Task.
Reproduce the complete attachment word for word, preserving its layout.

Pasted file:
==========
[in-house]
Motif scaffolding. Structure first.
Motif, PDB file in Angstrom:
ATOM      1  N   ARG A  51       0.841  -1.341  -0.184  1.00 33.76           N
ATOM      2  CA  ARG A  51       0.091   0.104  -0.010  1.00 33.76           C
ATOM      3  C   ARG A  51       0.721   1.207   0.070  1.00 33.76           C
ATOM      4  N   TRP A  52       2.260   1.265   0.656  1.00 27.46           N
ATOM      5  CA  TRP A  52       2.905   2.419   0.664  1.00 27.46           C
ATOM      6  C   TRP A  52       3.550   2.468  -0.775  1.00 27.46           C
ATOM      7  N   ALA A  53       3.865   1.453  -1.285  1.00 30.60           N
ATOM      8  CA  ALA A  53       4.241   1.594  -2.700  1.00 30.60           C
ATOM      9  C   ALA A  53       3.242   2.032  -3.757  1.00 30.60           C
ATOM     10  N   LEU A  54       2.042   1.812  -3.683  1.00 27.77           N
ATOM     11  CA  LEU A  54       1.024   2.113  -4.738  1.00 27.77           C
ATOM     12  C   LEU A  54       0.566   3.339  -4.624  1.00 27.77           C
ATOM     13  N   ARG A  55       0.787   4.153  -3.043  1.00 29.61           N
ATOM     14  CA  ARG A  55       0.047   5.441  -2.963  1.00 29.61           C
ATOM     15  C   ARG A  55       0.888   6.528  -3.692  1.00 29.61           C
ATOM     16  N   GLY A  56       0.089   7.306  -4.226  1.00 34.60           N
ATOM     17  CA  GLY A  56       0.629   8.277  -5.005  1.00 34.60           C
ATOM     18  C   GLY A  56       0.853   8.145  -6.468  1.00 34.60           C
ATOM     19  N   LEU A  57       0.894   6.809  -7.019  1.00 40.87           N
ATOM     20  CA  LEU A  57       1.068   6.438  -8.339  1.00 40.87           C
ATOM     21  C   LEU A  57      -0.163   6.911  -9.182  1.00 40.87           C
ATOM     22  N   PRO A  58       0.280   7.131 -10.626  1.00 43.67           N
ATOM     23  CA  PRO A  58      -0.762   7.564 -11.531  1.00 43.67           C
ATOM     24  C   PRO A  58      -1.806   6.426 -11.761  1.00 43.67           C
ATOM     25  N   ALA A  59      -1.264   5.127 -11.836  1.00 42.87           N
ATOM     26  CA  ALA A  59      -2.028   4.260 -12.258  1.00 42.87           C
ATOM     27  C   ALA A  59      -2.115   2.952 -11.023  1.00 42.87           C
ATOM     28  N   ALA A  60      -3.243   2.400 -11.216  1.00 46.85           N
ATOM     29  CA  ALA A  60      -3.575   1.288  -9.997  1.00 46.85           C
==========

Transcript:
[in-house]
Motif scaffolding. Structure first.
Motif, PDB file in Angstrom:
ATOM      1  N   ARG A  51       0.841  -1.341  -0.184  1.00 33.76           N
ATOM      2  CA  ARG A  51       0.091   0.104  -0.010  1.00 33.76           C
ATOM      3  C   ARG A  51       0.721   1.207   0.070  1.00 33.76           C
ATOM      4  N   TRP A  52       2.260   1.265   0.656  1.00 27.46           N
ATOM      5  CA  TRP A  52       2.905   2.419   0.664  1.00 27.46           C
ATOM      6  C   TRP A  52       3.550   2.468  -0.775  1.00 27.46           C
ATOM      7  N   ALA A  53       3.865   1.453  -1.285  1.00 30.60           N
ATOM      8  CA  ALA A  53       4.241   1.594  -2.700  1.00 30.60           C
ATOM      9  C   ALA A  53       3.242   2.032  -3.757  1.00 30.60           C
ATOM     10  N   LEU A  54       2.042   1.812  -3.683  1.00 27.77           N
ATOM     11  CA  LEU A  54       1.024   2.113  -4.738  1.00 27.77           C
ATOM     12  C   LEU A  54       0.566   3.339  -4.624  1.00 27.77           C
ATOM     13  N   ARG A  55       0.787   4.153  -3.043  1.00 29.61           N
ATOM     14  CA  ARG A  55       0.047   5.441  -2.963  1.00 29.61           C
ATOM     15  C   ARG A  55       0.888   6.528  -3.692  1.00 29.61           C
ATOM     16  N   GLY A  56       0.089   7.306  -4.226  1.00 34.60           N
ATOM     17  CA  GLY A  56       0.629   8.277  -5.005  1.00 34.60           C
ATOM     18  C   GLY A  56       0.853   8.145  -6.468  1.00 34.60           C
ATOM     19  N   LEU A  57       0.894   6.809  -7.019  1.00 40.87           N
ATOM     20  CA  LEU A  57       1.068   6.438  -8.339  1.00 40.87           C
ATOM     21  C   LEU A  57      -0.163   6.911  -9.182  1.00 40.87           C
ATOM     22  N   PRO A  58       0.280   7.131 -10.626  1.00 43.67           N
ATOM     23  CA  PRO A  58      -0.762   7.564 -11.531  1.00 43.67           C
ATOM     24  C   PRO A  58      -1.806   6.426 -11.761  1.00 43.67           C
ATOM     25  N   ALA A  59      -1.264   5.127 -11.836  1.00 42.87           N
ATOM     26  CA  ALA A  59      -2.028   4.260 -12.258  1.00 42.87           C
ATOM     27  C   ALA A  59      -2.115   2.952 -11.023  1.00 42.87           C
ATOM     28  N   ALA A  60      -3.243   2.400 -11.216  1.00 46.85           N
ATOM     29  CA  ALA A  60      -3.575   1.288  -9.997  1.00 46.85           C